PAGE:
Edited by Michael Bamberg
[Narrative Inquiry 16:1] 2006
► pp. 37–45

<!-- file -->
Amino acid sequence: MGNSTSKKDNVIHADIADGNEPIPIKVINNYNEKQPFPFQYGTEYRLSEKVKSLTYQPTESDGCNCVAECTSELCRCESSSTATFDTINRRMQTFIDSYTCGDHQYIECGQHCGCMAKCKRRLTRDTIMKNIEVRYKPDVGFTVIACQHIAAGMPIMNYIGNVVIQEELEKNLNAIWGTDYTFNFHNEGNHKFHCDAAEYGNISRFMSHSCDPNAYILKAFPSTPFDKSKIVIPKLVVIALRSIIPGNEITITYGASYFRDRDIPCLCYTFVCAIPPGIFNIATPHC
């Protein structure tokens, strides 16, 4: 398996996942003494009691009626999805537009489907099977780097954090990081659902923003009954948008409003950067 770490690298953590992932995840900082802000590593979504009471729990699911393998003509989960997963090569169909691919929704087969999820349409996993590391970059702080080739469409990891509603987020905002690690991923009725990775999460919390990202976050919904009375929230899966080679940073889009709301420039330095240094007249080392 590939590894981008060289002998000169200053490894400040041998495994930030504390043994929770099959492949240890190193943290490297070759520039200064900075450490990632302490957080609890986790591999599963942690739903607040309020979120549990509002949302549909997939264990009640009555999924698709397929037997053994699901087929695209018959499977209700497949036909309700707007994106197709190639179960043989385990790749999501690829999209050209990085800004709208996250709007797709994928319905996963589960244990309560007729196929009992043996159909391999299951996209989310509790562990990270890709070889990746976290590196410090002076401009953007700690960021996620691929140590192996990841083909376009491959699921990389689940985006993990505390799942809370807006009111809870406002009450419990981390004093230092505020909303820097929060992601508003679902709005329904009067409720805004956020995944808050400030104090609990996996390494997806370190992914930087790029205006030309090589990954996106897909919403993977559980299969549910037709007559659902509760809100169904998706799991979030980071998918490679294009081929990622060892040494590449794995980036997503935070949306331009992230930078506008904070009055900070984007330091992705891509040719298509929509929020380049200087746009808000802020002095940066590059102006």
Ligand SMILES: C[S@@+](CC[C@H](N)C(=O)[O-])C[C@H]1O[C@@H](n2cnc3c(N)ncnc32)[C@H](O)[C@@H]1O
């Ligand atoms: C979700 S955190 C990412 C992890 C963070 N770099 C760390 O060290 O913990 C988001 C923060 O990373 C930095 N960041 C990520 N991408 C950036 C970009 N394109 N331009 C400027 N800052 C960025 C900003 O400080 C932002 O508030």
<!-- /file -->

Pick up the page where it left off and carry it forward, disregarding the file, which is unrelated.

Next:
Before a narrative can be constructed, it must be pre-constructed by a cognitive process that begins with a decision that a given event is reportable. Pre-construction begins with this most reportable event and proceeds backwards in time to locate events that are linked causally each to the following one, a recursive process that ends with the location of the unreportable event — one that is not reportable in itself and needs no explanation. Comparison of such event chains with the sequence of narrative clauses actually produced will help to understand how the narrator re-organizes and transforms the events of real time in the finished narrative.
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